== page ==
To check this hypothesis, in the present study we employed a medium-term rat liver bioassay which has been shown to be a very useful tool for detection of hepatocarcinogenicity and chemopreventive potential of chemicals [10], to investigate the modifying effects of water root extract of one of the most powerful Valerian species, Valeriana sitchensis, containing high levels of valepotriates. The effects of Valerian at doses of 50, 500 and 5000 ppm applied in the drinking water were investigated in rats with reference to preneoplastic lesion development, oxidative stress, DNA damage, cellular proliferation, apoptosis and gene expression changes in the liver.

Materials and Methods


DEN was from Sakai Research Laboratory (Fukui, Japan). All other reagents were purchased from Sigma-Aldrich or Wako Pure Chemicals Industries (Osaka, Japan).

Valeriana sitchensis root extract

Valerian root extracts usually contain more than 100 different constituents. The Valeriana sitchensis alcohol-free extract used in the present study was obtained from Eclectic Institute Inc. (Oregon, USA). It is made first using organic sugar cane alcohol, which is then removed using the Lloyd Extractor. After the alcohol has been removed, the glycerin is added. Glycerin is a solvent similar to alcohol and is listed in the US Pharmacopoeia as an agent to administer certain constituents. Present Valerian extract contained iridoid valepotriates: valtrate, valtrate isovaleroxyhydrin, acevaltrate, valechlorine, didrovaltrate, homodidrovaltrate, deoxydodidrovaltrate, isovaleroxyhydroxydidrovaltrate, isovaltrate, 7-epi-deacetyl-isovaltrate. In addition, it contains valerosidatum (an iridoid ester glycoside). Volatile oil contains a lot of components including valeric and isovaleric acids, bornyl acetate, monoterpens (e.g. α and β-pinene, camphene, borneol, isoeugenyl isovalerate, eugenyl isovalerate), sesquiterpenes β-bisabolene, caryophyllene, valeranone, valerenic acid (traces), valerianol, valerenal,β-ionone, patchouli alcohol, ledole and terpinolene among others. Furthermore, extract includes alkaloids (e.g. actinidine, valerianine, valerin, chatinin), choline, methyl 2-pyrrolyl ketone, chlorogenic acid, caffeic acid, β-sitosterol, tannin, gam, manganese, calcium, amino acids such as GABA, glutamine, arginine, alanine and others. Highest amounts of valerenic acid were reported in V. officinalis L., trace amounts in V. sitchensis, and none in the other Valerian species analyzed [11].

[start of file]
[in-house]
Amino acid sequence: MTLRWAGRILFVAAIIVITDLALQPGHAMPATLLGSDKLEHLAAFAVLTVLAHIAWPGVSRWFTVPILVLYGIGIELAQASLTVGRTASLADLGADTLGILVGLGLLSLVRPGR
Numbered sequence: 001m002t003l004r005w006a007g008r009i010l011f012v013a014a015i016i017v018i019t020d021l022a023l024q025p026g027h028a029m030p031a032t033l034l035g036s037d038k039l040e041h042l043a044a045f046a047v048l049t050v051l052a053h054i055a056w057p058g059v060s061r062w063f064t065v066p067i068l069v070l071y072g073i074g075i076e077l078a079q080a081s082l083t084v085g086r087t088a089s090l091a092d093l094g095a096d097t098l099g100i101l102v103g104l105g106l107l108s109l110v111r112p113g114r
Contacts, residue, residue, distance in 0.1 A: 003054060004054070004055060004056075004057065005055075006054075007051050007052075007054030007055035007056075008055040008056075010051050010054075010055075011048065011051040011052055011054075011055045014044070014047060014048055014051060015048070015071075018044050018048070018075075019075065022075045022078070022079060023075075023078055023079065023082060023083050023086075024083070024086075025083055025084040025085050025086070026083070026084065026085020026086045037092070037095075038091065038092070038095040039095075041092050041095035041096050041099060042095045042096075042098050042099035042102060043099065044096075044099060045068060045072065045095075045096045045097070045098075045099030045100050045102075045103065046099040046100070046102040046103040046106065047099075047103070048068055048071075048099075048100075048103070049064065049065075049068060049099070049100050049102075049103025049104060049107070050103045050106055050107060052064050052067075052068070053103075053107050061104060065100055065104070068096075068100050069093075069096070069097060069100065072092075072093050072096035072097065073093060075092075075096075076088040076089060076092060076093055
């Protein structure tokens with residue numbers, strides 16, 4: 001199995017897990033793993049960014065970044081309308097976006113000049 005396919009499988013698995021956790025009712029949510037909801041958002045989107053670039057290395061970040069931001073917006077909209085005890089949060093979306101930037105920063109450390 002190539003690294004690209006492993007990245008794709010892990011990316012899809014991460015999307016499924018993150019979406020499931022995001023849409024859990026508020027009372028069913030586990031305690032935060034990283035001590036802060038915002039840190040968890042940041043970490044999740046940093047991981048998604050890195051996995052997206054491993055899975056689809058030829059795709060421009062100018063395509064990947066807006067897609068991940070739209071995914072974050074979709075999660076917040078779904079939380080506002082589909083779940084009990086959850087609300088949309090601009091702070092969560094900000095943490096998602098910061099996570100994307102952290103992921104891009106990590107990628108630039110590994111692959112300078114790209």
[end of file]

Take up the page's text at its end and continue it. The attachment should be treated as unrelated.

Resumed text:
Animals and treatment

A total of 120, five-week-old male Fisher 344 rats (Charles River, Japan, Hino, Shiga, Japan) were quarantined for 1 week before the start of the experiment. They were housed in an animal facility maintained on a 12 h (7:00–19:00) light/dark cycle, at a constant temperature of 23±1°C and relative humidity of 44±5%, and given free access to tap water and food (Oriental MF pellet diet, Oriental Yeast Co., Tokyo, Japan). All experimental procedures were conducted following approval of the Animal Care and Use Committee of the Osaka City University Graduate School of Medicine. Guidelines set by the National Institute of Health and Public Health Service Policy on the Humane Use and Care of Laboratory Animals were followed at all times.

Before the start of the experiment, 6-week-old rats were allocated to six groups (groups 1–4, 25 rats/group; groups 5 and 6, 10 rats/group). In groups 1–4, rats were given a single i.p. injection of DEN (200 mg/kg body weight (b.w.)) dissolved in saline to initiate hepatocarcinogenesis. In groups 5 and 6, rats were administered an i.p. injection of saline as vehicle controls. After 2 weeks on tap water and basal diet, animals in groups 1–4 were administered water root extract of Valeriana sitchensis (Valerian) in their drinking water at doses of 0, 50, 500 and 5000 ppm, for 6 weeks from weeks 3 to 8. All were subjected to two thirds partial hepatectomy (PH) at week 3 to maximize any interaction between proliferation and the effects of the test chemicals. At sacrifice at week 8, livers were quickly dissected out, weighed and sections from three lobes were fixed in Bouin's solution and 10% phosphate-buffered formalin for histological and immunohistochemical analyses. In addition, samples were frozen in liquid nitrogen and stored at −80°C for molecular analyses. For AST and ALT measurements by the consensus method of Japan Society of Clinical Chemistry, blood was collected from the abdominal aorta.

Selection of the doses

Valerian doses used in the present study were selected on the basis of previously published data on humans and the findings of our preliminary experiment in which no toxicity was detected even at a dose of 5000 ppm. The doses of 50 ppm (5 mg/kg b.w./day), 500 ppm (50 mg/kg b.w./day) and 5000 ppm (500 mg/kg b.w./day) consumed by a rat (b.w. 200 g) in 20 ml drinking water in the present experiment would be equal to 0.05, 0.5 and 5 mg/kg b.w./day intake by a human with a mean body weight of 50 kg (the accepted WHO safety factor in terms of accepted dietary intake (ADI) for rats is 100). Another extrapolation from human to rat involves multiplying the human dose by 6.16 (Km human/Km animal = 37/6) [12]. In this case, the animal doses of 5, 50 and 500 mg/kg b.w./day would be equal to 0.8, 8.1, and 81.2 mg/kg b.w./day intake, respectively, by humans.